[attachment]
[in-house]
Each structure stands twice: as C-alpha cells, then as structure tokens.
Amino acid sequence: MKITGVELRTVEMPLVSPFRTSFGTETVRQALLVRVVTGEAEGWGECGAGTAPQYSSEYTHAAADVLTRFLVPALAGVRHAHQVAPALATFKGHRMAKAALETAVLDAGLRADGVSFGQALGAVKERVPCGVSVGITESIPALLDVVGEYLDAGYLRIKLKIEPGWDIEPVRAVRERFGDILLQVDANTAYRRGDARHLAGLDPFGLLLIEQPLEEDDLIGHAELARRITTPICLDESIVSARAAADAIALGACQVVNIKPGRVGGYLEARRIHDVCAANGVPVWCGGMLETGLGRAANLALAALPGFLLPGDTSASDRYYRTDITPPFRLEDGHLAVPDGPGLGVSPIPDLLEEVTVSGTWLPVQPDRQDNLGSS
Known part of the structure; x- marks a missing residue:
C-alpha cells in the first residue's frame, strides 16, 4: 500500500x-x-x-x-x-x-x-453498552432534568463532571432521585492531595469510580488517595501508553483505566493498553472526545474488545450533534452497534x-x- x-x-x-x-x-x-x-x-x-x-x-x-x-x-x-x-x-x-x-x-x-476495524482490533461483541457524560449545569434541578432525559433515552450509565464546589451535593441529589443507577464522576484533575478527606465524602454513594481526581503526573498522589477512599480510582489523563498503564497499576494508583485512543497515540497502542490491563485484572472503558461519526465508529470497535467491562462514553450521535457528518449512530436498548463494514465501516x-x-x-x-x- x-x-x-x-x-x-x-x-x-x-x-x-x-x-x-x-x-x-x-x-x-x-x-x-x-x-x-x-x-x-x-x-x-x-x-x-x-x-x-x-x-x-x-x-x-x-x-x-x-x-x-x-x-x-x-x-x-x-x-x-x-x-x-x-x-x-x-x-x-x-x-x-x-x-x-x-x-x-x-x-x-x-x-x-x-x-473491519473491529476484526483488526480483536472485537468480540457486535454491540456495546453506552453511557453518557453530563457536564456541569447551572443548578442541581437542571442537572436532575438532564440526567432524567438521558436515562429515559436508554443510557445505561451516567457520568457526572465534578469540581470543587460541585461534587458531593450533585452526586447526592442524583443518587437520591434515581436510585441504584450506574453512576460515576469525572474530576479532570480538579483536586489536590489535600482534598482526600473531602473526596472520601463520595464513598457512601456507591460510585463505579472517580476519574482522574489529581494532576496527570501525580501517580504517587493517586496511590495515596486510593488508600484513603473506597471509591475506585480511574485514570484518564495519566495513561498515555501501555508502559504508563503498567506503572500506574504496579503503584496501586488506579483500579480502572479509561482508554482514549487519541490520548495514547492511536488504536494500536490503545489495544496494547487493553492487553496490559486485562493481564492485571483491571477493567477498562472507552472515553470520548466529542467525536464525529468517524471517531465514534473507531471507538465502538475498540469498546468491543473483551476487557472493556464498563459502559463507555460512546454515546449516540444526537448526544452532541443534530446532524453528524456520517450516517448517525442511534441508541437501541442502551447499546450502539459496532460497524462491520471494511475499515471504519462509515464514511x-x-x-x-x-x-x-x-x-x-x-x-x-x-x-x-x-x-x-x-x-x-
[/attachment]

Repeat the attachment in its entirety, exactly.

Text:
[in-house]
Each structure stands twice: as C-alpha cells, then as structure tokens.
Amino acid sequence: MKITGVELRTVEMPLVSPFRTSFGTETVRQALLVRVVTGEAEGWGECGAGTAPQYSSEYTHAAADVLTRFLVPALAGVRHAHQVAPALATFKGHRMAKAALETAVLDAGLRADGVSFGQALGAVKERVPCGVSVGITESIPALLDVVGEYLDAGYLRIKLKIEPGWDIEPVRAVRERFGDILLQVDANTAYRRGDARHLAGLDPFGLLLIEQPLEEDDLIGHAELARRITTPICLDESIVSARAAADAIALGACQVVNIKPGRVGGYLEARRIHDVCAANGVPVWCGGMLETGLGRAANLALAALPGFLLPGDTSASDRYYRTDITPPFRLEDGHLAVPDGPGLGVSPIPDLLEEVTVSGTWLPVQPDRQDNLGSS
Known part of the structure; x- marks a missing residue:
C-alpha cells in the first residue's frame, strides 16, 4: 500500500x-x-x-x-x-x-x-453498552432534568463532571432521585492531595469510580488517595501508553483505566493498553472526545474488545450533534452497534x-x- x-x-x-x-x-x-x-x-x-x-x-x-x-x-x-x-x-x-x-x-x-476495524482490533461483541457524560449545569434541578432525559433515552450509565464546589451535593441529589443507577464522576484533575478527606465524602454513594481526581503526573498522589477512599480510582489523563498503564497499576494508583485512543497515540497502542490491563485484572472503558461519526465508529470497535467491562462514553450521535457528518449512530436498548463494514465501516x-x-x-x-x- x-x-x-x-x-x-x-x-x-x-x-x-x-x-x-x-x-x-x-x-x-x-x-x-x-x-x-x-x-x-x-x-x-x-x-x-x-x-x-x-x-x-x-x-x-x-x-x-x-x-x-x-x-x-x-x-x-x-x-x-x-x-x-x-x-x-x-x-x-x-x-x-x-x-x-x-x-x-x-x-x-x-x-x-x-x-473491519473491529476484526483488526480483536472485537468480540457486535454491540456495546453506552453511557453518557453530563457536564456541569447551572443548578442541581437542571442537572436532575438532564440526567432524567438521558436515562429515559436508554443510557445505561451516567457520568457526572465534578469540581470543587460541585461534587458531593450533585452526586447526592442524583443518587437520591434515581436510585441504584450506574453512576460515576469525572474530576479532570480538579483536586489536590489535600482534598482526600473531602473526596472520601463520595464513598457512601456507591460510585463505579472517580476519574482522574489529581494532576496527570501525580501517580504517587493517586496511590495515596486510593488508600484513603473506597471509591475506585480511574485514570484518564495519566495513561498515555501501555508502559504508563503498567506503572500506574504496579503503584496501586488506579483500579480502572479509561482508554482514549487519541490520548495514547492511536488504536494500536490503545489495544496494547487493553492487553496490559486485562493481564492485571483491571477493567477498562472507552472515553470520548466529542467525536464525529468517524471517531465514534473507531471507538465502538475498540469498546468491543473483551476487557472493556464498563459502559463507555460512546454515546449516540444526537448526544452532541443534530446532524453528524456520517450516517448517525442511534441508541437501541442502551447499546450502539459496532460497524462491520471494511475499515471504519462509515464514511x-x-x-x-x-x-x-x-x-x-x-x-x-x-x-x-x-x-x-x-x-x-